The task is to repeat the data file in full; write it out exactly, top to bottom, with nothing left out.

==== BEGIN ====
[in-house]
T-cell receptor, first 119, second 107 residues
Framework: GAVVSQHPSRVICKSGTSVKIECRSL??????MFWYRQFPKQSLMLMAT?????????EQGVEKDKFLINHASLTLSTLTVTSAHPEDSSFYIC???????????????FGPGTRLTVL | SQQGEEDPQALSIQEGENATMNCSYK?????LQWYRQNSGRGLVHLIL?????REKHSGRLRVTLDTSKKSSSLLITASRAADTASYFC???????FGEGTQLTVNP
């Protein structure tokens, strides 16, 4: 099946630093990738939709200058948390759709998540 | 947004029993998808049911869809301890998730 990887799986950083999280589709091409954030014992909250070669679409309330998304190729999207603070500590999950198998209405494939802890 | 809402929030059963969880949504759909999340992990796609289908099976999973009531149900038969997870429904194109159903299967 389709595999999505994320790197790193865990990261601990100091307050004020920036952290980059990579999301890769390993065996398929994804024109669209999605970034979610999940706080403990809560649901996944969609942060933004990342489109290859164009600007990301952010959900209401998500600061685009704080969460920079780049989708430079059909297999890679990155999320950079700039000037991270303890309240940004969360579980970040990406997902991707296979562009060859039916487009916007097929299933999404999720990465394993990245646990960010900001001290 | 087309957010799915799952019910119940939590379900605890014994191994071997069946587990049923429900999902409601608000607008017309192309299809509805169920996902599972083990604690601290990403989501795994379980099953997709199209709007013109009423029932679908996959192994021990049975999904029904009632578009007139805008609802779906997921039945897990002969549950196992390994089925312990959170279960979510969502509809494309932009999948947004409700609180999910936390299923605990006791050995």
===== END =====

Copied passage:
[in-house]
T-cell receptor, first 119, second 107 residues
Framework: GAVVSQHPSRVICKSGTSVKIECRSL??????MFWYRQFPKQSLMLMAT?????????EQGVEKDKFLINHASLTLSTLTVTSAHPEDSSFYIC???????????????FGPGTRLTVL | SQQGEEDPQALSIQEGENATMNCSYK?????LQWYRQNSGRGLVHLIL?????REKHSGRLRVTLDTSKKSSSLLITASRAADTASYFC???????FGEGTQLTVNP
């Protein structure tokens, strides 16, 4: 099946630093990738939709200058948390759709998540 | 947004029993998808049911869809301890998730 990887799986950083999280589709091409954030014992909250070669679409309330998304190729999207603070500590999950198998209405494939802890 | 809402929030059963969880949504759909999340992990796609289908099976999973009531149900038969997870429904194109159903299967 389709595999999505994320790197790193865990990261601990100091307050004020920036952290980059990579999301890769390993065996398929994804024109669209999605970034979610999940706080403990809560649901996944969609942060933004990342489109290859164009600007990301952010959900209401998500600061685009704080969460920079780049989708430079059909297999890679990155999320950079700039000037991270303890309240940004969360579980970040990406997902991707296979562009060859039916487009916007097929299933999404999720990465394993990245646990960010900001001290 | 087309957010799915799952019910119940939590379900605890014994191994071997069946587990049923429900999902409601608000607008017309192309299809509805169920996902599972083990604690601290990403989501795994379980099953997709199209709007013109009423029932679908996959192994021990049975999904029904009632578009007139805008609802779906997921039945897990002969549950196992390994089925312990959170279960979510969502509809494309932009999948947004409700609180999910936390299923605990006791050995």